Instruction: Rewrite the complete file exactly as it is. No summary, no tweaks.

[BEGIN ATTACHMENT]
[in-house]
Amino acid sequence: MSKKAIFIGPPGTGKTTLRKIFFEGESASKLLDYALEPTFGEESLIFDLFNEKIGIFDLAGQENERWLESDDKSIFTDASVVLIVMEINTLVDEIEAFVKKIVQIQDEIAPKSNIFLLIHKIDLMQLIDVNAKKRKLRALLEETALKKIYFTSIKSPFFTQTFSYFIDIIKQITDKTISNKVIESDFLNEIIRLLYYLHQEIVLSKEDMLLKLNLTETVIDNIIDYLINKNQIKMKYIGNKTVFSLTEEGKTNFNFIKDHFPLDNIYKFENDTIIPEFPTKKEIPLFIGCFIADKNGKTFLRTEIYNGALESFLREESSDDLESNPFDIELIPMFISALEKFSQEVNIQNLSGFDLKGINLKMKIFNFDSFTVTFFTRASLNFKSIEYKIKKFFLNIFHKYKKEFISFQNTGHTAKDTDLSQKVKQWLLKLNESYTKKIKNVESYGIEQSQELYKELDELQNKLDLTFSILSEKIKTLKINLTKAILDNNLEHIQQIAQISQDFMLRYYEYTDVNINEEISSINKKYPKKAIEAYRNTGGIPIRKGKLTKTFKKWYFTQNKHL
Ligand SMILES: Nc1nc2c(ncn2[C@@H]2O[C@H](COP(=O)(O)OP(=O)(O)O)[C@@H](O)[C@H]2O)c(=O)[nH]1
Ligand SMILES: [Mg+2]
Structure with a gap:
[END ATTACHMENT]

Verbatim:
[in-house]
Amino acid sequence: MSKKAIFIGPPGTGKTTLRKIFFEGESASKLLDYALEPTFGEESLIFDLFNEKIGIFDLAGQENERWLESDDKSIFTDASVVLIVMEINTLVDEIEAFVKKIVQIQDEIAPKSNIFLLIHKIDLMQLIDVNAKKRKLRALLEETALKKIYFTSIKSPFFTQTFSYFIDIIKQITDKTISNKVIESDFLNEIIRLLYYLHQEIVLSKEDMLLKLNLTETVIDNIIDYLINKNQIKMKYIGNKTVFSLTEEGKTNFNFIKDHFPLDNIYKFENDTIIPEFPTKKEIPLFIGCFIADKNGKTFLRTEIYNGALESFLREESSDDLESNPFDIELIPMFISALEKFSQEVNIQNLSGFDLKGINLKMKIFNFDSFTVTFFTRASLNFKSIEYKIKKFFLNIFHKYKKEFISFQNTGHTAKDTDLSQKVKQWLLKLNESYTKKIKNVESYGIEQSQELYKELDELQNKLDLTFSILSEKIKTLKINLTKAILDNNLEHIQQIAQISQDFMLRYYEYTDVNINEEISSINKKYPKKAIEAYRNTGGIPIRKGKLTKTFKKWYFTQNKHL
Ligand SMILES: Nc1nc2c(ncn2[C@@H]2O[C@H](COP(=O)(O)OP(=O)(O)O)[C@@H](O)[C@H]2O)c(=O)[nH]1
Ligand SMILES: [Mg+2]
Structure with a gap: